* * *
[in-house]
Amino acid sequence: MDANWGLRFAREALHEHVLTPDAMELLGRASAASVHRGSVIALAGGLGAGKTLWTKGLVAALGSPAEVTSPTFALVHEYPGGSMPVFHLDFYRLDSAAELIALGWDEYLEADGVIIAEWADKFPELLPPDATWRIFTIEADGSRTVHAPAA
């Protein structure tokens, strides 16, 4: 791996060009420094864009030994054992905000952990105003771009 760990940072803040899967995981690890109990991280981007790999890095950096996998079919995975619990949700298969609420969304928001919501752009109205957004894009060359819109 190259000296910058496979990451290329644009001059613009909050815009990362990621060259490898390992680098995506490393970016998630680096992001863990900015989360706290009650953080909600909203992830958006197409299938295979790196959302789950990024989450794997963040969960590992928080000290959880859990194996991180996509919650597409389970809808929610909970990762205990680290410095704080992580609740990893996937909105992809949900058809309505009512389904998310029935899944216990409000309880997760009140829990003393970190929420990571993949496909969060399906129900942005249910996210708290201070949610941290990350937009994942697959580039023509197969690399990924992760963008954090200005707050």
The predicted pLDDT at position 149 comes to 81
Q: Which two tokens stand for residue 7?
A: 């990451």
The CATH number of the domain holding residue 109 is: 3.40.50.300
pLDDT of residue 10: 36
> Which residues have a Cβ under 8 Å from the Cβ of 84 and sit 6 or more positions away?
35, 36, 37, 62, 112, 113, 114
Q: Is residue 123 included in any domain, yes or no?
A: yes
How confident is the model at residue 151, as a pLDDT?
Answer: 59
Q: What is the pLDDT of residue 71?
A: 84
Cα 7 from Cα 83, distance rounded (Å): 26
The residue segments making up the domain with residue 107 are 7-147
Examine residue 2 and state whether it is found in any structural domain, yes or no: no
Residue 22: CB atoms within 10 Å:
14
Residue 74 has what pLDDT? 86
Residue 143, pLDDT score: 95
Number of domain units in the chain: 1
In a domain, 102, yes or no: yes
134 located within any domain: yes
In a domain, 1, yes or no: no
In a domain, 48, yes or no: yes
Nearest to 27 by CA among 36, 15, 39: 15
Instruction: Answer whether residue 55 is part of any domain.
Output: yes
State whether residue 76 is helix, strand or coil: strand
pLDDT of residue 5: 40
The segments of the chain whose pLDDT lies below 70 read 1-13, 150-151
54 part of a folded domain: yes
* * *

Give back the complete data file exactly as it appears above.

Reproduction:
[in-house]
Amino acid sequence: MDANWGLRFAREALHEHVLTPDAMELLGRASAASVHRGSVIALAGGLGAGKTLWTKGLVAALGSPAEVTSPTFALVHEYPGGSMPVFHLDFYRLDSAAELIALGWDEYLEADGVIIAEWADKFPELLPPDATWRIFTIEADGSRTVHAPAA
């Protein structure tokens, strides 16, 4: 791996060009420094864009030994054992905000952990105003771009 760990940072803040899967995981690890109990991280981007790999890095950096996998079919995975619990949700298969609420969304928001919501752009109205957004894009060359819109 190259000296910058496979990451290329644009001059613009909050815009990362990621060259490898390992680098995506490393970016998630680096992001863990900015989360706290009650953080909600909203992830958006197409299938295979790196959302789950990024989450794997963040969960590992928080000290959880859990194996991180996509919650597409389970809808929610909970990762205990680290410095704080992580609740990893996937909105992809949900058809309505009512389904998310029935899944216990409000309880997760009140829990003393970190929420990571993949496909969060399906129900942005249910996210708290201070949610941290990350937009994942697959580039023509197969690399990924992760963008954090200005707050």
The predicted pLDDT at position 149 comes to 81
Q: Which two tokens stand for residue 7?
A: 């990451």
The CATH number of the domain holding residue 109 is: 3.40.50.300
pLDDT of residue 10: 36
> Which residues have a Cβ under 8 Å from the Cβ of 84 and sit 6 or more positions away?
35, 36, 37, 62, 112, 113, 114
Q: Is residue 123 included in any domain, yes or no?
A: yes
How confident is the model at residue 151, as a pLDDT?
Answer: 59
Q: What is the pLDDT of residue 71?
A: 84
Cα 7 from Cα 83, distance rounded (Å): 26
The residue segments making up the domain with residue 107 are 7-147
Examine residue 2 and state whether it is found in any structural domain, yes or no: no
Residue 22: CB atoms within 10 Å:
14
Residue 74 has what pLDDT? 86
Residue 143, pLDDT score: 95
Number of domain units in the chain: 1
In a domain, 102, yes or no: yes
134 located within any domain: yes
In a domain, 1, yes or no: no
In a domain, 48, yes or no: yes
Nearest to 27 by CA among 36, 15, 39: 15
Instruction: Answer whether residue 55 is part of any domain.
Output: yes
State whether residue 76 is helix, strand or coil: strand
pLDDT of residue 5: 40
The segments of the chain whose pLDDT lies below 70 read 1-13, 150-151
54 part of a folded domain: yes